Florida Bridge Collapse Cause: Why Did FIU Pedestrian Walkway Collapse?

Days after the pedestrian bridge at Miami's Florida International University collapsed on Thursday, crushing several vehicles on the road below and killing six people, Governor Rick Scott ordered the state's transportation department to pause payments for the project until the cause of the incident is uncovered.

The news comes as officials investigate what went wrong with the new bridge, and after it was revealed that an engineering firm hired by the school had left a voicemail earlier in the week warning the Florida Department of Transportation (FDOT) of cracking on the north side of the bridge—a message that was not heard until the morning after the collapse.

"From a safety perspective we don't see that there's any issue there, so we're not concerned about it from that perspective," Denney Pate, with FIGG bridge engineers, said in the voicemail, which FDOT released to the public, "although obviously the cracking is not good and something's going to have to be, ya know, done to repair that."

FIGG designed the pedestrian walkway, which was a connection between the FIU campus and the city of Sweetwater, while contractor MCM built and installed it. The transportation department was involved from a logistical standpoint, dispensing federal funding for the project and giving the parties permission to construct the bridge over a state road.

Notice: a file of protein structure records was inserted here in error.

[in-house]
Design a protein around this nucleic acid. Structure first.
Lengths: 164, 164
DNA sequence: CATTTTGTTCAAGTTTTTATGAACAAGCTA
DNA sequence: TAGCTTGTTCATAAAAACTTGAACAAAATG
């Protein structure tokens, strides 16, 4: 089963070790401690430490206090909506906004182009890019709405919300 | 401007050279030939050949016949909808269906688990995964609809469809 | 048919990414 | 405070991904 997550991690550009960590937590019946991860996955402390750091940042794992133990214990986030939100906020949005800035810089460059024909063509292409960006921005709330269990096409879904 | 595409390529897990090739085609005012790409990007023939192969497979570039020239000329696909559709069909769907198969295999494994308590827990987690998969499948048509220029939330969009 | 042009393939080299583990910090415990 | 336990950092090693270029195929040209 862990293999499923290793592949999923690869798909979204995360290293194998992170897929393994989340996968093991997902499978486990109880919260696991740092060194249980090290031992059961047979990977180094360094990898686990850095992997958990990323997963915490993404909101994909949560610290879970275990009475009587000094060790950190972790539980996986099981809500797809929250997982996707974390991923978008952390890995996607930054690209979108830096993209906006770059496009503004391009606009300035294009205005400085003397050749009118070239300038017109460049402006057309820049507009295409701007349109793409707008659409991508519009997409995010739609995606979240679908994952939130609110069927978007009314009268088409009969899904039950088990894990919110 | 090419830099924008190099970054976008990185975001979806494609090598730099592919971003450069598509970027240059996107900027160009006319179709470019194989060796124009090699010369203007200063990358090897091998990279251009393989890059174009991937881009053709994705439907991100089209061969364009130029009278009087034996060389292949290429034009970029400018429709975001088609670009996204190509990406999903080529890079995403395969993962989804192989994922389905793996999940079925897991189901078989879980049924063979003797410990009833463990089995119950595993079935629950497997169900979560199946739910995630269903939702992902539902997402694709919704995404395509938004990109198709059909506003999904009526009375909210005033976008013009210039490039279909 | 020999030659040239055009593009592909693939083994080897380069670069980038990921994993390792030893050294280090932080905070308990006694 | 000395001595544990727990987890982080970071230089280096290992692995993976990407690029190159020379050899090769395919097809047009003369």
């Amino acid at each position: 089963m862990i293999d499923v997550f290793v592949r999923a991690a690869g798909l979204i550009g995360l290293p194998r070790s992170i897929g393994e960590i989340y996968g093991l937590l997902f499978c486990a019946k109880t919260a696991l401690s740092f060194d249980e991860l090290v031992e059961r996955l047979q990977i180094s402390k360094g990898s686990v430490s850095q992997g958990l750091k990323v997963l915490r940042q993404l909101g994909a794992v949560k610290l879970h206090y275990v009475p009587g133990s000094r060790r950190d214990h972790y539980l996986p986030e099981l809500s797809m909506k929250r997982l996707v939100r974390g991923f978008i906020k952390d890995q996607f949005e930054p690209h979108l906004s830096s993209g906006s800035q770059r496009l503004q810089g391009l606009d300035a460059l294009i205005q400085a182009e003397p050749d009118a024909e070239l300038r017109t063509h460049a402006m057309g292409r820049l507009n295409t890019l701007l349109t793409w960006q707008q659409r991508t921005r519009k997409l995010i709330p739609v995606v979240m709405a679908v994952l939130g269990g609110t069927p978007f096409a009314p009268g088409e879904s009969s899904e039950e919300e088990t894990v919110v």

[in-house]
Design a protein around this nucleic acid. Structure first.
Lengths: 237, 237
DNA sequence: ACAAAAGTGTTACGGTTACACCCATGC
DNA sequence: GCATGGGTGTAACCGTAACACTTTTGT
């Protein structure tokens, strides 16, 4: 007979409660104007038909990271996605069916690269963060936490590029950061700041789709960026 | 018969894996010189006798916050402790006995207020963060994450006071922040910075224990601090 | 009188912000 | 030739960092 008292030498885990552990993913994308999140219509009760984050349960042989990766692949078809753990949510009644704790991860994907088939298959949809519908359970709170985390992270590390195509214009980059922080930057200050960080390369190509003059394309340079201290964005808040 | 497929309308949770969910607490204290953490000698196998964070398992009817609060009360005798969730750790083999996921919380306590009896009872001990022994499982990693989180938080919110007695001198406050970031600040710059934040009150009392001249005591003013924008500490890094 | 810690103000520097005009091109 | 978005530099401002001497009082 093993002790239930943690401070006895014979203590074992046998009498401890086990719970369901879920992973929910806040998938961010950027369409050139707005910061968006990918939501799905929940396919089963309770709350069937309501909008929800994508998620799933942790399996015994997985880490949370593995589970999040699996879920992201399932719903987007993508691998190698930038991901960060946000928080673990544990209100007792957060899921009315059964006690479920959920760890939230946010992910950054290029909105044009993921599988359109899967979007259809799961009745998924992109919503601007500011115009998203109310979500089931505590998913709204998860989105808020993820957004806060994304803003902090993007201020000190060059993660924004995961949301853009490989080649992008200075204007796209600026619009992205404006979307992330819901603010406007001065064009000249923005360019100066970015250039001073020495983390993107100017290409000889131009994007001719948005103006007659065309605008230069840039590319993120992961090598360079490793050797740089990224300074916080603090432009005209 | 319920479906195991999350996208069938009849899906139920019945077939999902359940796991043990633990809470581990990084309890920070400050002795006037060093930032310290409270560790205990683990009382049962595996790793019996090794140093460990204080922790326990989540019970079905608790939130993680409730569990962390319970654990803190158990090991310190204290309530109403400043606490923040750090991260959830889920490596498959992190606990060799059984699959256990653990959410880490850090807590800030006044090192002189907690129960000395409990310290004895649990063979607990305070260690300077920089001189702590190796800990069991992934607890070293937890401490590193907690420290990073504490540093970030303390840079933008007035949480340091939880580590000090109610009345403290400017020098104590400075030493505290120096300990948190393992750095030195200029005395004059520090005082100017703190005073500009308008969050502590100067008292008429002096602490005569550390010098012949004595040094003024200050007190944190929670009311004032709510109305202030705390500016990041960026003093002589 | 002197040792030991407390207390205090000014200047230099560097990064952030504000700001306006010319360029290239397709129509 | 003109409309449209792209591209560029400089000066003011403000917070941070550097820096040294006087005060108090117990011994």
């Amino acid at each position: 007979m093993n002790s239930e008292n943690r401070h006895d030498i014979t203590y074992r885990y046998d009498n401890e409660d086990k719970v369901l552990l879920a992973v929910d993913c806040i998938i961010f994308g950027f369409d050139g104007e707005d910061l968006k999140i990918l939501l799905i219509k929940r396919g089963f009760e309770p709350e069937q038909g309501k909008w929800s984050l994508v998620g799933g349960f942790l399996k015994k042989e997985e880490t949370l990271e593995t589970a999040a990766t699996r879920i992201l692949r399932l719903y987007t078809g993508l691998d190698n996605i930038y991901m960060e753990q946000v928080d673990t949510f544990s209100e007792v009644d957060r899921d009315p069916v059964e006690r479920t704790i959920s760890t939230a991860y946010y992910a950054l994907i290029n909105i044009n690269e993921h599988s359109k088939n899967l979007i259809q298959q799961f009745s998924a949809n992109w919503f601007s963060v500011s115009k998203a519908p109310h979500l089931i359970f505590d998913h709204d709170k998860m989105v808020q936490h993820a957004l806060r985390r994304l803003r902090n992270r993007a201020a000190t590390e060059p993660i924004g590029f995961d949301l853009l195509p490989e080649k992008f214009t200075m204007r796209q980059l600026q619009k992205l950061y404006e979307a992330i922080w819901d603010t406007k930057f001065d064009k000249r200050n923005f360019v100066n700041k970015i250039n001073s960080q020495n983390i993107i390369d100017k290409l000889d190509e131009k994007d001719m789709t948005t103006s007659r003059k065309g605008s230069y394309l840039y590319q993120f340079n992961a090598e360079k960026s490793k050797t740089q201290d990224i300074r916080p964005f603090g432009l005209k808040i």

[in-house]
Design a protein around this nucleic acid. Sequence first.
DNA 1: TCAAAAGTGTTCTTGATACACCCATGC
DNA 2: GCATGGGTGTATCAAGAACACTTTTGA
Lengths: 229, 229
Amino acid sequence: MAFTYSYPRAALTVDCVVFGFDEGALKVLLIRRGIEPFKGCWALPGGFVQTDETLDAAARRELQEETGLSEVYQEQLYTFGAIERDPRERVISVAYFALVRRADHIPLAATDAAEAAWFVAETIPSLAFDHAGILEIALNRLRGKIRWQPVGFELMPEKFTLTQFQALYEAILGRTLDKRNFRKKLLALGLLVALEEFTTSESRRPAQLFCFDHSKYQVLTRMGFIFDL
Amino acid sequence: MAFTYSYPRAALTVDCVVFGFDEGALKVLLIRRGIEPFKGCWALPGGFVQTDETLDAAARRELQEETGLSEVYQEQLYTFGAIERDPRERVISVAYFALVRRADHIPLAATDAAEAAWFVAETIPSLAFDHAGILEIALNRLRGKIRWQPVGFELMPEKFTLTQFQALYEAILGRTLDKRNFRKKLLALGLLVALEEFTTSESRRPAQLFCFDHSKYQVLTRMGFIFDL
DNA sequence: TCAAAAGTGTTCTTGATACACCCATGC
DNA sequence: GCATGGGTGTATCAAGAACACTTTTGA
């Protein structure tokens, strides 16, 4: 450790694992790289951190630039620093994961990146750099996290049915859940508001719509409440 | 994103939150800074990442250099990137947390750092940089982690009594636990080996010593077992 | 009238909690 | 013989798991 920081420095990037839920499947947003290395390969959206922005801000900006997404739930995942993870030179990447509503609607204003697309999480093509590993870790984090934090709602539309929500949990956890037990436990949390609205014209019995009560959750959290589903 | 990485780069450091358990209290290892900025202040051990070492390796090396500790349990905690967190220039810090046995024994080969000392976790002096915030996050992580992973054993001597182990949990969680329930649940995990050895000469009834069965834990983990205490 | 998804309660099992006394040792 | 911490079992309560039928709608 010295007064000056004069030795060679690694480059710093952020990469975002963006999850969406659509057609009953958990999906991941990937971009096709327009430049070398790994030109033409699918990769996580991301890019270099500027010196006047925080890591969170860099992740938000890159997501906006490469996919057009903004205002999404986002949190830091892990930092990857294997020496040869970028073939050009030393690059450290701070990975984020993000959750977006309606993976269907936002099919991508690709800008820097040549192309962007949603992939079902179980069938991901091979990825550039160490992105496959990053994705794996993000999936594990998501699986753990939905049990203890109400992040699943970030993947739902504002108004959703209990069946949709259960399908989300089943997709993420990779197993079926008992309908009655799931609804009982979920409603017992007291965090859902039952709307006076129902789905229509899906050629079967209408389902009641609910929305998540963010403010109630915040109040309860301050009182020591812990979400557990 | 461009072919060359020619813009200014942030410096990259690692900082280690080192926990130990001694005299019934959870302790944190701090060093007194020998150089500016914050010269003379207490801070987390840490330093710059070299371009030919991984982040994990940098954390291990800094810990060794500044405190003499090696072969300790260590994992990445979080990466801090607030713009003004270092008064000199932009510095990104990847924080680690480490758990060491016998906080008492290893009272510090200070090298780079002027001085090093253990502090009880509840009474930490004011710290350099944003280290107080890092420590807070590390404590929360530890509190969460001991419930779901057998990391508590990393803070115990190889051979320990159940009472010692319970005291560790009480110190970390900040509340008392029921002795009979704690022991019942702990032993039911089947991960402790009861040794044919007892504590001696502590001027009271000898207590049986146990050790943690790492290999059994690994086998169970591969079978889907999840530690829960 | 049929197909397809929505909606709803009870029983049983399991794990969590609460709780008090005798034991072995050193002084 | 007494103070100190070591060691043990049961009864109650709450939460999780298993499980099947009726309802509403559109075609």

A pedestrian bridge at FIU in Miami collapsed on March 15, killing several people when it crushed cars on the road below. Joe Raedle/Getty Images

The workers put up the bridge using an accelerated process that called for building the main portion of the span off-site and then installing it in one go to reduce the amount of time traffic would be snarled around the bridge site.

When it released the voicemail audio and transcript, FDOT appeared to put the blame on the university and the engineers.

"The responsibility to identify and address life-safety issues and properly communicate them is the sole responsibility of the FIU design build team," the department statement said. "FIGG and the FIU design build team never alerted FDOT of any life-safety issue regarding the FIU pedestrian bridge prior to collapse."

The National Transportation Safety Board and other state and local officials are investigating the collapse.

In a statement on Monday, Scott announced that he was "directing FDOT to suspend all future payments of the more than $13.6 million in federal funding originally allocated for this project. Before another dollar is spent on this bridge, we must know exactly what happened."

The project also received some state and local funding, although federal dollars accounted for the large majority of the support. FDOT is responsible for passing on federal funding to FIU for the bridge.